Reading the Scales 10/16/2020SHARE:
Students in ESF's Fisheries Science Practicum have been knee deep in water all semester documenting fish populations across the state. Using a variety of techniques and equipment, the "die-hard" students have also witnessed first-hand the effects of climate change on our ecosystem.
"Interacting with our environment and engaging in your work first-hand is the ideal vehicle for illustrating what might otherwise be abstract concepts," said Karin Limburg, SUNY Distinguished Professor. "In this practicum, the objectives extend beyond points you can learn from a book. The practicum is a perfect platform to absorb abstract concepts that are often difficult to internalize sitting in a classroom. For example, we've had to change where we obtain fish for a key project because of the declines in fishes in our Adirondack lakes that appears related to climate change."
Field work this semester took the class to five locations: Onondaga Lake, Meadow Brook, the Hudson River estuary (three sites), two lakes in the Adirondack headwaters of the Hudson, and Oneida Lake.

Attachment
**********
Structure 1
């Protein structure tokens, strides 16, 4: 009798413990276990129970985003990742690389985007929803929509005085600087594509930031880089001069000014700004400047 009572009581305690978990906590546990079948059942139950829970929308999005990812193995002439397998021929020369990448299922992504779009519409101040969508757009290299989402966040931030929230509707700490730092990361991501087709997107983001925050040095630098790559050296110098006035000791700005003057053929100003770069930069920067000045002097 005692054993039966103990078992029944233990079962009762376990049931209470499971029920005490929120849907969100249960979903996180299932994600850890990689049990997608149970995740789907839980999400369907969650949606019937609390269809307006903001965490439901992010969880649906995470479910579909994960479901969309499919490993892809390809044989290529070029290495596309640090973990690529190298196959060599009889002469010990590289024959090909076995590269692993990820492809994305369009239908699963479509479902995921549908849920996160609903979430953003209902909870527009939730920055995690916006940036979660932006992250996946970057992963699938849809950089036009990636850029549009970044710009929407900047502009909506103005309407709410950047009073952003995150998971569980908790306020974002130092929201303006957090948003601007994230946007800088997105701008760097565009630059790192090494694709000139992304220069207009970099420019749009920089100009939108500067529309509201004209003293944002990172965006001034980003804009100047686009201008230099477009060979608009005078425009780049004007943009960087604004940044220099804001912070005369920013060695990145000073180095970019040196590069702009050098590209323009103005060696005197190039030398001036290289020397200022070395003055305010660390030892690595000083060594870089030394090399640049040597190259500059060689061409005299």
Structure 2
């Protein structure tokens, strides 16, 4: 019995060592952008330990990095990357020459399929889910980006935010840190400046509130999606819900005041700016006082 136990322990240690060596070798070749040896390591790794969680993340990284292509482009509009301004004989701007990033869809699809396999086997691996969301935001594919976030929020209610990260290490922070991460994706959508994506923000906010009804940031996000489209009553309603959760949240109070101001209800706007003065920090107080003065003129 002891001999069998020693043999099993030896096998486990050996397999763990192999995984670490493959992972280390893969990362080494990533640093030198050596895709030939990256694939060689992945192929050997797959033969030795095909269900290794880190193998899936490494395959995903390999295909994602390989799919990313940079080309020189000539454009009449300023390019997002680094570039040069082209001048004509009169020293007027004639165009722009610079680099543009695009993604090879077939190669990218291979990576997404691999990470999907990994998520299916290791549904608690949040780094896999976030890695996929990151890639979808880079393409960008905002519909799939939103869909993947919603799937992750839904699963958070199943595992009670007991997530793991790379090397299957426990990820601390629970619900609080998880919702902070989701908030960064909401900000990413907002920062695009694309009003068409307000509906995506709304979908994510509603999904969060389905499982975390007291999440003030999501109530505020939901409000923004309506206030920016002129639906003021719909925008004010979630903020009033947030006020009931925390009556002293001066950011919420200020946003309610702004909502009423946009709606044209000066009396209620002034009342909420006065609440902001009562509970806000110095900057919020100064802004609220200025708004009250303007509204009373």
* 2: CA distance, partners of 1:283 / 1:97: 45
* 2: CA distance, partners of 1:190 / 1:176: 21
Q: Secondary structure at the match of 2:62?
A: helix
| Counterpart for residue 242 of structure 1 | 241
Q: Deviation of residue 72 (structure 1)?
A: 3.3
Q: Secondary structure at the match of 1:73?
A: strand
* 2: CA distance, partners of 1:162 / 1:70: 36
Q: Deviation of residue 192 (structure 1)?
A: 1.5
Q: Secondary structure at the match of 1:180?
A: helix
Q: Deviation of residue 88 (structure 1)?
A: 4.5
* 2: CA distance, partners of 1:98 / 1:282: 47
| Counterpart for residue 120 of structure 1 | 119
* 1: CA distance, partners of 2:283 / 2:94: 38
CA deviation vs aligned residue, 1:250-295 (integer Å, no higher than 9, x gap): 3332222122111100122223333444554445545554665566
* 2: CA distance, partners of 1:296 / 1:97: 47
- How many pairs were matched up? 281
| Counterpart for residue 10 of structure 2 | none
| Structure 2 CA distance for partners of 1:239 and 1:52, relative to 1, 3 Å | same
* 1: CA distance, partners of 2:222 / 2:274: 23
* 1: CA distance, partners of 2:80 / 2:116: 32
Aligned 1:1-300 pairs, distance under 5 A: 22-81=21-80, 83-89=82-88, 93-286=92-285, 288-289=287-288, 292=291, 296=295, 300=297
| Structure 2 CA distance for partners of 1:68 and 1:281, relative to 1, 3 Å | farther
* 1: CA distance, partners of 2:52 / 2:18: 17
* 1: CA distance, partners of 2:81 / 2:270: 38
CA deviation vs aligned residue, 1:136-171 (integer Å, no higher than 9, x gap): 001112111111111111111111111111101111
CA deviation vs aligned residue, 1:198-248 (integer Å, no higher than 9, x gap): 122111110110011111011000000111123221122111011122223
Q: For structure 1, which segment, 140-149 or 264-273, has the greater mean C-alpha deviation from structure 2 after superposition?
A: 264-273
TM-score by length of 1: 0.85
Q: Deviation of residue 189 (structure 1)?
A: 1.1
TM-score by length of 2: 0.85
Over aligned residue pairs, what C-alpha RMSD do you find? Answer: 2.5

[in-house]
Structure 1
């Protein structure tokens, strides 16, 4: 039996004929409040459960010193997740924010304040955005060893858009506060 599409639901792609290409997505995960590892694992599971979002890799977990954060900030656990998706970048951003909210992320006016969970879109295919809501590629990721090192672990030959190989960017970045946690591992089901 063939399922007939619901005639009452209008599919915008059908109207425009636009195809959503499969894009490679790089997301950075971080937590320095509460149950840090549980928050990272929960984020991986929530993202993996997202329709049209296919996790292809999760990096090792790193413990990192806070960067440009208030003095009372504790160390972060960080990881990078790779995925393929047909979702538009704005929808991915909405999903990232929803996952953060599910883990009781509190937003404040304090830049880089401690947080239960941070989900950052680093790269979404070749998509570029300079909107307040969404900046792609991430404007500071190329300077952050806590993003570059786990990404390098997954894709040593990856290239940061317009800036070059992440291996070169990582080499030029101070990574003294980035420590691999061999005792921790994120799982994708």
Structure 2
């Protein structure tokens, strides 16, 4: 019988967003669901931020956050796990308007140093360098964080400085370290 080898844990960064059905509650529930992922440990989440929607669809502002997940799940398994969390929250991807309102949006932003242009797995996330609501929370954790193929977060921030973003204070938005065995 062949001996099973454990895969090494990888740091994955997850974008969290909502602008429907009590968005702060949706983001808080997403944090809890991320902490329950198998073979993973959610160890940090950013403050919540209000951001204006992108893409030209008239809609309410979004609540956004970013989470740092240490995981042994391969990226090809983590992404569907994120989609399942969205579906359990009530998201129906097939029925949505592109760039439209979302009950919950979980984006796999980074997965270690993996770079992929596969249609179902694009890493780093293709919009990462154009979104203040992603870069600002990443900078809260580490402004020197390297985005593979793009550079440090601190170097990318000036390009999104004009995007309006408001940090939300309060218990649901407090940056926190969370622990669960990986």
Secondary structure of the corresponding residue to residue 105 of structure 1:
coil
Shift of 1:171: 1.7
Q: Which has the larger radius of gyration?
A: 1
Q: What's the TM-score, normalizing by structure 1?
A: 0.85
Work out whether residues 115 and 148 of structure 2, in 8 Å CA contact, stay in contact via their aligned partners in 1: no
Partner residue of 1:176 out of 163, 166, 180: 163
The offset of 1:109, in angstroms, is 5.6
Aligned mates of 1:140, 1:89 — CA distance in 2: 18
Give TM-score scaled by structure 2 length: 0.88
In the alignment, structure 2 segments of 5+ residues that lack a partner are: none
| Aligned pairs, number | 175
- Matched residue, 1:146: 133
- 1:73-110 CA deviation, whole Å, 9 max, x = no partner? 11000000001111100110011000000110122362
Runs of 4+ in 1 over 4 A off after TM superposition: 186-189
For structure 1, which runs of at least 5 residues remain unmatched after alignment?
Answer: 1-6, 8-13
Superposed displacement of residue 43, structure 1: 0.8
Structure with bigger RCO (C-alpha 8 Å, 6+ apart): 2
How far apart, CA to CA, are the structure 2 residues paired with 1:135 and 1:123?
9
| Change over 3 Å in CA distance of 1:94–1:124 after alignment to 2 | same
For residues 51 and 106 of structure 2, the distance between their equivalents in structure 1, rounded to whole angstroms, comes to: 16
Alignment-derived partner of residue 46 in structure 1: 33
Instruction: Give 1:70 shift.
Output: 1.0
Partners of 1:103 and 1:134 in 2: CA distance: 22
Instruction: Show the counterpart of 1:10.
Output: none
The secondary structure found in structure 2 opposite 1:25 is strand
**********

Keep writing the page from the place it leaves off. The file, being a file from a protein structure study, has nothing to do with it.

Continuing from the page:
"This semester has had the added element of COVID-19," said Limburg. "We've all been cognizant of the virus and taken precautions so that we can finish the semester safely. We've become a team, caring for each other, but finishing - face-to-face and hands-on-is important to all of us."
Collecting the samples in the field, students use a variety of gear, including an electrofisher, seine nets, and trap-nets. Lab work will entail the use of dissecting tools and microscopes.
"The students learn to age fish by analyzing their scales and otoliths," said Limburg. "In a process that is similar to that used for aging trees, we count the rings on a fish's scales or their otoliths. In this practicum, we used to collect fish scales during our trip to the Adirondacks. But since those fish have declined in abundance so much, we now use fish collected in nearby Onondaga Lake instead. Though the students see the current picture as they learn the techniques, I, as instructor, have witnessed a lot of environmental change."
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